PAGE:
Ron did so and found himself staring face-to-face with the raven. He inched his chair away from it.
"Potter's familiar," Snape explained.
"I thought he had the snake."
"And an owl. And a raven as well now. But I did not call you here to discuss Potter's growing menagerie. Inquisitor Amelon has become aware of the curse you cast on Lucius Malfoy."
Ron went rigid in his chair. His eyes darted around the room, as if expecting the man to suddenly appear from a shadowy corner.
"He is not yet aware it is you who cast it, but he has deduced that Mr. Potter was in some way involved. He has gone to retrieve a warrant to interrogate him under Veritaserum. I suspect he will have his warrant and that the Dark Lord will come to witness the interrogation himself. Do I need to tell you how badly this could turn out for you?"
Ron said nothing, but the suddenly vivid contrast of his freckles against white skin made an answer redundant.
"What are you going to do?" the boy asked instead.
Snape steepled his fingers and looked at him steadily for a moment.
"I am going to save you, Mr. Weasley, and then you are going to owe me a life debt. Something I have always found useful to have."
Ron stared back at him for a long time, then seemed to realize how stupid that was to do with a Legilimens and looked down. He nodded. What other choice did he have?
A sudden pop made everyone flinch, but it was only Hinky with Snape's potion case. Once she had deposited it on Snape's desk as instructed, she looked once more to the raven still perched there. He cawed at her in annoyance.
"You may return in ten minutes to clean the room, Hinky," the Headmaster said.
"And, er... the bird, sir?"
"Ten minutes, Hinky, and if it is still here you may fry it up and eat it for all I care."
"Oh, sir, yes! I mean, not that I would eat it, sir. I mean... ten minutes!"
She disappeared yet again.
Snape wasted no time and opened the case. Neither Ron nor Bobby was in any position to see what was inside, but they could hear the distinct sound of glass clinking together. Finally, the elder wizard pulled out a vial of transparent blue liquid and another, smaller vial that appeared to be empty. He poured some of the blue liquid into the smaller vial, then capped it.
"Come here," he said, holding out an empty hand to the raven. Reluctantly, Bobby climbed onto it, and Snape took him to the nearest window. Softly, so that Ron wouldn't hear, he whispered his instructions to the raven and handed it a vial, which it clutched tightly to its own body so that it was left to stand on only one leg. Snape opened the window, letting in a gust of cold winter air and letting out his avian messenger.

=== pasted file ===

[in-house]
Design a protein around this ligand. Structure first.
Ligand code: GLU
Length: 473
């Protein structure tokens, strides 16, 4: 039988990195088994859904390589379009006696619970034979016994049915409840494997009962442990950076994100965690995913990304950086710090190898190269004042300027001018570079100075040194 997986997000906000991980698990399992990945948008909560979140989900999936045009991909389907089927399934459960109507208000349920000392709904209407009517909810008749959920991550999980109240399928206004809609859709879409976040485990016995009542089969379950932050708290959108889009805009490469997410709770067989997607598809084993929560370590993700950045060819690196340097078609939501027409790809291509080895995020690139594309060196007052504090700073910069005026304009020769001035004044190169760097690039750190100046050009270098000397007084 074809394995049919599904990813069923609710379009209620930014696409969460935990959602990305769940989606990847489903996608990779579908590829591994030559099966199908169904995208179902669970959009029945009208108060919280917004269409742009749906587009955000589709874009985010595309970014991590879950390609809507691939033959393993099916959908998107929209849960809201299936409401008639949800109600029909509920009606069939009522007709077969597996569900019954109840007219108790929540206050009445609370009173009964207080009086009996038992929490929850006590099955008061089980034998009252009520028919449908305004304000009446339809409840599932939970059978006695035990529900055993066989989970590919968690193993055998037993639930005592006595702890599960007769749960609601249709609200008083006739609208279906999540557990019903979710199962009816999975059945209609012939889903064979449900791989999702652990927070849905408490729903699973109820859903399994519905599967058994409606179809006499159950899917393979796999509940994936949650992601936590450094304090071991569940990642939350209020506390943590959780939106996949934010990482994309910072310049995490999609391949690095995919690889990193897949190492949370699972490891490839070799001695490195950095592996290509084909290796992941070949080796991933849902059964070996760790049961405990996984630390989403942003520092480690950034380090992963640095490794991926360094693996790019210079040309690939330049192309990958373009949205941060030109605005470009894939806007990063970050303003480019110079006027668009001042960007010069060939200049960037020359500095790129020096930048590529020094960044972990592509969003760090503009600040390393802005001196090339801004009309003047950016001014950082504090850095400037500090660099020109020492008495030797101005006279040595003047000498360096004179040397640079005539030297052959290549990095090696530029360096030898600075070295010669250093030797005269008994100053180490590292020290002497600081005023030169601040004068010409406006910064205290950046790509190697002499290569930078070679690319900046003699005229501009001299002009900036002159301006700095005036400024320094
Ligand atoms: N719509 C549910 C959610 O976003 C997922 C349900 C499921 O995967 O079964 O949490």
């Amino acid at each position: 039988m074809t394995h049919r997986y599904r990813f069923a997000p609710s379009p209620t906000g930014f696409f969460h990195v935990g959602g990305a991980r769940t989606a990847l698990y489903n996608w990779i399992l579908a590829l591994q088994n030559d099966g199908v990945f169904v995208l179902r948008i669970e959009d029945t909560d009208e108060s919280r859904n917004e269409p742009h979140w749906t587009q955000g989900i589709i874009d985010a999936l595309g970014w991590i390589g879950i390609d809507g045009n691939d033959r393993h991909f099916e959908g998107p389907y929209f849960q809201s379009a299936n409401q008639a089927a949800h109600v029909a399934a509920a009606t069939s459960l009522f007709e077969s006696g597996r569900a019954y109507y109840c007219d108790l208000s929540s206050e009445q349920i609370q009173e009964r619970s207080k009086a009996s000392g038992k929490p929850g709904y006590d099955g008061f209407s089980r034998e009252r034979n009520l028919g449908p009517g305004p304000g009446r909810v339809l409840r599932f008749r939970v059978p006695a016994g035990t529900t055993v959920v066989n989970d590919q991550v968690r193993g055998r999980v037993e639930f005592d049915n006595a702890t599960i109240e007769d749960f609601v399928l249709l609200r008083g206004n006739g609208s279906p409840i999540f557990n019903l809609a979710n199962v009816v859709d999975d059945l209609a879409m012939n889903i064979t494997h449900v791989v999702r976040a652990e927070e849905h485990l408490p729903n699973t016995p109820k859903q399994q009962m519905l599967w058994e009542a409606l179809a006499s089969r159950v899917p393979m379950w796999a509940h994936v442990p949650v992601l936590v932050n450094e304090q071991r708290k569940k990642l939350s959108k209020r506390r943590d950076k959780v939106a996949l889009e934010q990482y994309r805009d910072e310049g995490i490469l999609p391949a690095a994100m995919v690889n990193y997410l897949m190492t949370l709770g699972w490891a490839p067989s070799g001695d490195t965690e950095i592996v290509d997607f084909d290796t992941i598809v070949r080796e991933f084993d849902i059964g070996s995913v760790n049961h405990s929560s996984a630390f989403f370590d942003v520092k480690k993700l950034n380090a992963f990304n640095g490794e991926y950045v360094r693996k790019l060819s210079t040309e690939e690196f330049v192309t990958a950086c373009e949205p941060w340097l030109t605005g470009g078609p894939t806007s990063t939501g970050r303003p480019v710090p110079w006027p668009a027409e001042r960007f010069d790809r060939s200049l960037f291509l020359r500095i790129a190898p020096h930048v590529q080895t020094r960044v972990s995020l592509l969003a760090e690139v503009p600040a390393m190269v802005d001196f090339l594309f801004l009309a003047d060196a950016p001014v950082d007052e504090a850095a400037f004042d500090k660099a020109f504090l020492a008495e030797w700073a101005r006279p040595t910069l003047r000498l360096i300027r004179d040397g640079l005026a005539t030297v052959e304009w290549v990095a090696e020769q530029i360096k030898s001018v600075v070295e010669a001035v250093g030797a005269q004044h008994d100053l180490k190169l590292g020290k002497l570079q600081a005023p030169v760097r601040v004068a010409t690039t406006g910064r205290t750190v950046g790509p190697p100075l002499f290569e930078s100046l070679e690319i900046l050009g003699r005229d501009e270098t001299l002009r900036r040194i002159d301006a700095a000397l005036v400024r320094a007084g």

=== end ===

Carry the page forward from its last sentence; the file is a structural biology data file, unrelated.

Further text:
He shut the window again and turned to Ron.
"This is what we're going to do."
Viktor found himself at the newsstand once again, where he often seemed to find himself these days, looking for some glimmer of a feeling he had once held for humanity. Most nights he felt little more than disappointment. Goethe had told him this apathy was to be expected. Eventually, he would cease to identify himself with humans at all, muggle or wizard, and then life... un-life would finally feel like it was moving forward again.
The idea made him uneasy. It made him feel disloyal, but to what or whom he couldn't say.
Tonight, however, he was not feeling his usual apathy. In fact, he thought he might have just fallen in love.
"Hhhmm, she is a pretty little thing, isn't she?" Goethe chuckled in his ear, his chin coming to rest on his shoulder. "With a taste for blood it would seem. We should invite her around for a cup of tea."
Viktor shoved him off and approached the stand. The crowd of customers parted for him like a school of fish from a shark. The owner of the stand merely looked at him curiously, having long become used to his brooding visitor.
"How old is this paper?" he asked in French roughened by his native accent.
"It is six days since it was published in England, Monsieur. That is the soonest we can get them through customs," the owner said.
"Do you have any others?"
"Other English papers?"
"I have the Daily Prophet as well, but it always arrives eight days after print. Customs always hacks it to pieces before they send it through."
Krum gave a disappointed sigh, but the owner spoke again.